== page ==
Wednesday, September 4, 2013

Dave Stafford (4) All things being equal

When I downloaded the Pureambient free compilations I was struck by one track that seemed more experimental, edgy. Then while I was first looking through his discography I noticed a track called Blint's tune - parts 18 to 34 I recognized that this was a reference to the final side of Godley/Creme's amazing six-sided opus Consequences. When I saw the intriguing track was from this album, I had to get it. I got All Things Being Equal from the Pureambient site, but it is now available at bandcamp.

This album has three sides to cover. 

The first part gave the album its title. It consists of 7 relatively short tracks, the first composed got the name Pastel = doubt and the idea for a binamial track titling popped into Dave's head, and the album title followed.(The naming also suggests links between the tracks)

The first track Annunciation = day exemplifies the complexity which Dave has inserted into these short pieces - the whole side is only 22 minutes long. A bright calypso beat with steel guitar swings into distorted guitar with a feeling of dread, tabla through back & then back to the steel, back again to distortion, a harp over ticking then theremin, distant guitar solo and beats, piano solo, bloops of synth with low guitar, an abstract segue into a piano solo which (like many elements here) could expand into a long track of its own. And finally it all dissipates into a long fade which is almost as long as the rest of the track. 

Drones open Pastel = doubt joined by melodica like tones (or high strings), with little synth eruptions, quite menacing and slow. A King Crimson feel to Improv = mincer with little percussion bursts, some bendy guitar, deep drone which suddenly bursts and guitar intersperses with Mellotron. 

Day = twilight seems familiar, a car engine tries to start as a calypso beat plays on tuned percussion - and the notes explain that it is track 1 with different settings: an amazing way of working and shows the wonder of modern electronics. The long fade becomes a swirling bleep. A lovely short bass, guitar drum Trio = power.

Doubt = certainty mysterious formless piece of ambience - deep underthrobs, slinking guitar, distant. And finally for this short excursion, Twilight = night takes the drone from the first track allowed room to display itself with some added bass, different reverb and ending this part of the set with a gorgeous long swoop.

Described as the 8th track, Blint's tune = parts 18-34 (note the similar naming) is in its originally format a 51 minute track, as the original mix. But you get a bonus disk (download) which is the 17 component tracks of Blint's tune presented separately in a mix that was created after the single version was made. It is an interesting presentation as it gives each piece its own personal space. 

17 tracks over 51 minutes is too much to try and describe in detail - and even highlights aren't quite the right way. So I'll just throw out some impressions. Opens with percussion & searching guitars finding way. (The drums on the suite are mainly from a piece created by Mike Bowman for Drone Forest to sample). Long slow loop, wild rocking guitar, a cathedral of layered loops, hidden tones, distorted dirty guitar swings from ear to ear, throbbing bass, dark. E-bow, mad percussive loop, building, reverse guitar, e-bow. Gritty guitar, harpsichord, birds reminds me of the original; a sample on a late track also does that), piano, melancholic accordion. A guitar-craft circulation (Dave regrets inserting, but it fits! The longest part) Weird choppy guitar over drums, the final track has cymbals, a drone, slipping into a long fade before the real conclusion on a different drone, distant birds, a dim light at tunnel's end. Changing moods, changing speed, changing density, dissonance to sonority!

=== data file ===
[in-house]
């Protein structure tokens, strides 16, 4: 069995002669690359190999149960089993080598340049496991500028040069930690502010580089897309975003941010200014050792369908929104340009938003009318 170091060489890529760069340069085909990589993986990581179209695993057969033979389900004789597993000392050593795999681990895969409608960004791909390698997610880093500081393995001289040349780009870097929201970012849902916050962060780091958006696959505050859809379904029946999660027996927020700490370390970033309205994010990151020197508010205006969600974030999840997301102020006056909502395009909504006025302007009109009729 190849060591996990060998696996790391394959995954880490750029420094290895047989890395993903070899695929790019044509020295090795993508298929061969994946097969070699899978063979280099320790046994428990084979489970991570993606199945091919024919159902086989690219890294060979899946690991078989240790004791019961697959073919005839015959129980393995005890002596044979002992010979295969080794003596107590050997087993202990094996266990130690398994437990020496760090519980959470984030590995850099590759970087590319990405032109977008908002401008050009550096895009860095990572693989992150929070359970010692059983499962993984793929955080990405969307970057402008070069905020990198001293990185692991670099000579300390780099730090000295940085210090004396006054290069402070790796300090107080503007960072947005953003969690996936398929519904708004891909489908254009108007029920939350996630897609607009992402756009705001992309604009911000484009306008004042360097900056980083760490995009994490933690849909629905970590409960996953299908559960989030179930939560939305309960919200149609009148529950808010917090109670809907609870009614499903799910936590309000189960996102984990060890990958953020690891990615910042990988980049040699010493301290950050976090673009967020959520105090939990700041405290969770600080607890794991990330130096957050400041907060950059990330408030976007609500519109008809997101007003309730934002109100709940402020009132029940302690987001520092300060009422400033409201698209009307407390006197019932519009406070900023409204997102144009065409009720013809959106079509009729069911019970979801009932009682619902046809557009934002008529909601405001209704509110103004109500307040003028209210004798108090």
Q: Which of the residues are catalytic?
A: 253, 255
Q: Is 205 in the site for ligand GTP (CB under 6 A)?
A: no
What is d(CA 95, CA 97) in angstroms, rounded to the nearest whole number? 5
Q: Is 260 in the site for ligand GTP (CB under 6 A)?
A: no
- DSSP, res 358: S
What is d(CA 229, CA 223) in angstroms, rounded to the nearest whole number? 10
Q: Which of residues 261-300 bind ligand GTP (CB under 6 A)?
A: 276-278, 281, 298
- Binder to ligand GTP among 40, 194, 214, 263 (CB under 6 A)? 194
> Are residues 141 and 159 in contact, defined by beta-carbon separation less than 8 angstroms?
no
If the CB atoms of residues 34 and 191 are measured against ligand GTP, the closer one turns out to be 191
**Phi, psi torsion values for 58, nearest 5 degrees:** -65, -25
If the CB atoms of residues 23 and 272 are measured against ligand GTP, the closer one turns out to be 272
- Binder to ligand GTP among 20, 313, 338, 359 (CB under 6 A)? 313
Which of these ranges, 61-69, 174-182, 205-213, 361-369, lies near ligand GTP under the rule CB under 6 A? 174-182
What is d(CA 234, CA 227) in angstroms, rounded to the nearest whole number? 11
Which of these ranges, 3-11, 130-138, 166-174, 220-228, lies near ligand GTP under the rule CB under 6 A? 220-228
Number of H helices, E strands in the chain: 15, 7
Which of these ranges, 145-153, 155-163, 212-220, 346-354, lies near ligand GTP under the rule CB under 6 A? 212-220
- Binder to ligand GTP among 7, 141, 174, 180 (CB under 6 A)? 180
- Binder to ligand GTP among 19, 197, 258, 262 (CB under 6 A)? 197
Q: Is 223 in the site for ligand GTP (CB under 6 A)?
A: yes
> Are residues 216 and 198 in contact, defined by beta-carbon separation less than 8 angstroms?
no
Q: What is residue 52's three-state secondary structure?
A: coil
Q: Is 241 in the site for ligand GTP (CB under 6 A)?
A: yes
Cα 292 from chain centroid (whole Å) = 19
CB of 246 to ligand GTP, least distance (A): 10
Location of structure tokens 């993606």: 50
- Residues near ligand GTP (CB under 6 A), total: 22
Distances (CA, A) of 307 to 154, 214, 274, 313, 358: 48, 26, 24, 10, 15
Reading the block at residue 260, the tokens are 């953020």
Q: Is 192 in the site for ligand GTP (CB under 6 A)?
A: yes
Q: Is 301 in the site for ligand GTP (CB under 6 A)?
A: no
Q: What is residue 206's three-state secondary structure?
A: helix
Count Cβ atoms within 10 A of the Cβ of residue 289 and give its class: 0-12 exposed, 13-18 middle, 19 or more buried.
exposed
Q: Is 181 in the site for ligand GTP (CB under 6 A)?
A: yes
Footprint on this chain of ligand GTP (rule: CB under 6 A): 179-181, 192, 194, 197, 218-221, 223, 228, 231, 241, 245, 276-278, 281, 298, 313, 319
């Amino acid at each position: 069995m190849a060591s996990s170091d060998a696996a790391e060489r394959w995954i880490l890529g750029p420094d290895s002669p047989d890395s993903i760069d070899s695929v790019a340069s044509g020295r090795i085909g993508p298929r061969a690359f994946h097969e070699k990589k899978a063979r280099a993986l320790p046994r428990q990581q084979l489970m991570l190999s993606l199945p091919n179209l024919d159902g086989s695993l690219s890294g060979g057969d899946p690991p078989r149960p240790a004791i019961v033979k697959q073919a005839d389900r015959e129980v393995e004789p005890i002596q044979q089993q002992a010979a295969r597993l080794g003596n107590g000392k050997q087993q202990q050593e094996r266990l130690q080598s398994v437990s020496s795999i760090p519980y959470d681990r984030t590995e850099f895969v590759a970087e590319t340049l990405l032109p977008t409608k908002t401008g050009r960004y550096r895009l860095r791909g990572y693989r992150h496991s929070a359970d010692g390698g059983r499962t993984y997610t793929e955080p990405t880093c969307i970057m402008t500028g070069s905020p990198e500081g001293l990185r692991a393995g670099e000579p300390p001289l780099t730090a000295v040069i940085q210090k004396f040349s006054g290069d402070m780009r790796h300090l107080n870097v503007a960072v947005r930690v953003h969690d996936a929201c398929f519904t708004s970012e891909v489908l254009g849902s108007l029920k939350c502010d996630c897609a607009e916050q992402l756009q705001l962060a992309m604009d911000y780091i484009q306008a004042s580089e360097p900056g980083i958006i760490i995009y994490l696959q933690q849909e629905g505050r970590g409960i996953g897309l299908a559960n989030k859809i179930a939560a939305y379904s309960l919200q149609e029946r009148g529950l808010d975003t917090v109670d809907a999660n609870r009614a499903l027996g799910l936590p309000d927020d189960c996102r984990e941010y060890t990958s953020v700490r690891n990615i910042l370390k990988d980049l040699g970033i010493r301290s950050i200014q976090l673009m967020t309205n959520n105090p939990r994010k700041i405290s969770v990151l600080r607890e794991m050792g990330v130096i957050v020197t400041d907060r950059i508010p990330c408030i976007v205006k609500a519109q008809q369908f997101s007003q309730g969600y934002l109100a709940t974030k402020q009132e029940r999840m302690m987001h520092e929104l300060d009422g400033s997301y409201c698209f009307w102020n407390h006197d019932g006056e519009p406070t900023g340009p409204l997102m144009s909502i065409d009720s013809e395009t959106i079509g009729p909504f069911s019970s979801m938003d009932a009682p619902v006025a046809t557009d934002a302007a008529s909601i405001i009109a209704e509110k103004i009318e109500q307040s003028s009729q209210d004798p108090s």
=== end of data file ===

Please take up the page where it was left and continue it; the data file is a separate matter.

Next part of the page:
I have listened to individual tracks and the single long version - they each have their place: individually they work as short songs, as a longer suite the fades and segues are seamless but audible - they are smoothly done. This is an album that points in all Dave's directions at once - very satisfying and complex.

I have been lucky in the way I have got to know Dave's music - I didn't have the chance to pigeonhole him as looping-ambience as I have encountered his diversity from the start - Gone Native, this and the ambient albums. And now there is the pleasure of following his path through his various apps - in particular Mixtikl (go to Mixtikl eternal album here) as mentioned before on &etc.

(This will be my last Stafford retrospective review - I have bought another album recently (The haunting - lovely ambience: 6 midlength tracks with 2 whopper remixes). But I will leave it for you to explore, as all Dave's albums are available on Bandcamp which offers the chance of listening on-line for free &/or buying individual tracks or albums. Get there via the Mixtikl link. I haven't hit a dud one yet)

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